Archive for November 2012

A Thanksgiving tradition…

Flower Power Friday

This song began its life in April 1967 when it was released as the B-side of the single “The Birdman of Alkatrash” by a Los Angeles group called Thee Sixpence. Radio stations preferred to play the “lesser” tune and the two sides were flipped and re-released in May, by which time the band had already changed its name to Strawberry Alarm Clock as a nod to the Beatles’ song “Strawberry Fields Forever”. The new A-side “Incense and Peppermints” took four months to surface on the Billboard Hot 100 chart, but once there it began a steady climb which peaked nine weeks later when it reached #1 on November 25. In December it was certified gold for selling one million copies.

Incense and Peppermints

buy the mp3 for .99 from Amazon: Incense And Peppermints

The Beatowls

Found on theBerry

New Wave Wednesday

Though a popular live attraction who achieved a certain amount of fame in Europe and especially their native Scotland, the band Big Country is often referred to in the United States as a one-hit wonder as this song represents their sole foray into the U.S. Top 40. The band’s frontman Stuart Adamson (1958-2001) was apparently at peace with such a characterization, once remarking in an interview that “If we’re known for nothing more than just that one song, I’d be pretty happy with that.”

The Crossing

From their debut album “The Crossing”, released in 1983, “In A Big Country” went to #17 on the Billboard Hot 100.

buy the mp3 for .99 from Amazon: In A Big Country

Dave Clark Five Ad

The folks at Buzzfeed were kind enough to browse through the back issues of Billboard magazine on the Google Books archive and put together a gallery of old print ads promoting the hottest new trend of the 1960s – the British Invasion. Thank goodness for the diligence of the skinny-necktied mad men who created these ads or the world may never have heard of such groups as The Who…

The Who Ad

… or the even more obscure “Beatles”…

Help! Ad

View the entire gallery at Buzzfeed

Moon-day Music Match-up

If your music library is of any size at all, try searching it for the word “heart” and you should come up with a whole page full of results. Today’s MoonDay Music Matchup pairs off a couple of musical heavyweights, as might be expected where matters of the heart are concerned. Released only six years apart, both songs went all the way to number one on the Billboard Hot 100, and both are ranked in the Rolling Stone Top 500 Songs of All Time. Proof positive that, as Huey Lewis says, “The heart of rock and roll is still beating.”

MoonDay Music Matchup #2:

“Heart of Glass” by Blondie vs. “Heart of Gold” by Neil Young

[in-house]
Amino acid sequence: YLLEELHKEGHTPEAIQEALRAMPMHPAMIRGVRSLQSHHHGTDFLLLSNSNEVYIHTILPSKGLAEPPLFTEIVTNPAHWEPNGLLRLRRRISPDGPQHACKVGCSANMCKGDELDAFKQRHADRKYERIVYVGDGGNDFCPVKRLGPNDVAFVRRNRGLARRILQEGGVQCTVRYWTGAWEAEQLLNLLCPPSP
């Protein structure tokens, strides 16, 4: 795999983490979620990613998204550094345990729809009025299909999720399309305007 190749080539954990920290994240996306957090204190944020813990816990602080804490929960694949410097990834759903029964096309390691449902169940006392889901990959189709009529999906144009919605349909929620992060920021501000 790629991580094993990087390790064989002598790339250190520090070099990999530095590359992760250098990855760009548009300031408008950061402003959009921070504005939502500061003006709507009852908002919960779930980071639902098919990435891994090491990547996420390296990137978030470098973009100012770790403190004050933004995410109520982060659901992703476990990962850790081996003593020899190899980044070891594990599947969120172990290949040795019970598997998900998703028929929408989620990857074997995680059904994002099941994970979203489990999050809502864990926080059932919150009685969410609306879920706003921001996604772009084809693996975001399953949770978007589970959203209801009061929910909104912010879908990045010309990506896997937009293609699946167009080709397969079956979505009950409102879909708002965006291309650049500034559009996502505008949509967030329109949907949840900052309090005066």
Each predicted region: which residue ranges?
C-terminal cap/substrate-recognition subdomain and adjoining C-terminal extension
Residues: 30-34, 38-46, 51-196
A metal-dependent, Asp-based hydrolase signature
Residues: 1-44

“Heart of Glass” comes from Blondie’s 1978 album “Parallel Lines”. Released as a single in January 1979, the song reached number one in both the U.S. and U.K. It later went on to be named #255 on Rolling Stone Magazine’s Top 500 Songs of All Time.

From “Harvest”, the best-selling album of 1972, the single “Heart of Gold” went on to become Neil Young’s only #1 hit. Backup vocals on the track were provided by no less than James Taylor and Linda Ronstadt. Rolling Stone ranked this song at #297 on their Top 500 Songs of All Time.

buy the mp3 for .99 from Amazon: Heart Of Glass

buy the mp3 for .99 from Amazon: Heart Of Gold

Found on AcidCow

Flower Power Friday

While in the future I shall try to keep Flower Power Friday entertaining by spotlighting some of the lesser-played songs of the sixties, I simply must include this all-time psychedelic classic. Inspired by the “Alice in Wonderland” stories of Lewis Carroll, “White Rabbit” was written and performed by Grace Slick while still with a band called The Great Society. Upon the departure of Jefferson Airplane’s original lead singer Signe Toly Anderson in late 1966, the group chose Slick as her replacement and she arrived bringing this song as well as “Somebody to Love”. Released in 1967 and included on the group’s second album, “Surrealistic Pillow”, both went on to become major hits and helped propel Jefferson Airplane to national and international success. “White Rabbit” reached #8 on the Billboard Hot 100 during the Summer of Love and is ranked at #478 on Rolling Stone’s list of the Top 500 Songs of All Time.

The video above is a recording of the Airplane’s appearance on “The Smothers Brothers Comedy Hour” in 1967, notable not only for introducing psychedelic rock to a nationwide audience but also for being taped in full color with the early use of Chroma-Key or “green screen” technology being employed to replicate the light show effects presented at live Jefferson Airplane concerts.

buy the mp3 for 1.29 from Amazon: White Rabbit

Roger Daltrey Sheep

…Tommy, can you shear me?

New Wave Wednesday

Welcome to “New Wave Wednesday”, the latest ride in this musical amusement park I call a blog. Arising in the late 1970s, New Wave quickly separated itself from the contemporary punk rock movement and entered the 1980s as a distinct musical genre which came to define the sound of the first half of that decade. The 1981 launch of the MTV network provided a platform for the music to reach out to a wide audience, as did the release of numerous popular films incorporating New Wave songs in their soundtrack. Throw in an abundance of catchy one-hit wonder tunes and the age of New Wave, though relatively brief in retrospect, stands out as a rich and memorable era in popular music history.

“Once in a Lifetime” has to be one of the most famous songs to never crack the Billboard Hot 100. The first single from the Talking Heads’ 1981 album “Remain in Light”, it reached number 14 in the U.K., but failed to chart in the United States despite heavy rotation of the music video on the fledgling MTV music network. The song has since become one of the Talking Heads’ most popular songs as well as a favorite of pop culture historians. National Public Radio included this song on their list of the 100 most important American musical works of the 20th century, and the video above is shown in the New York Museum of Modern Art.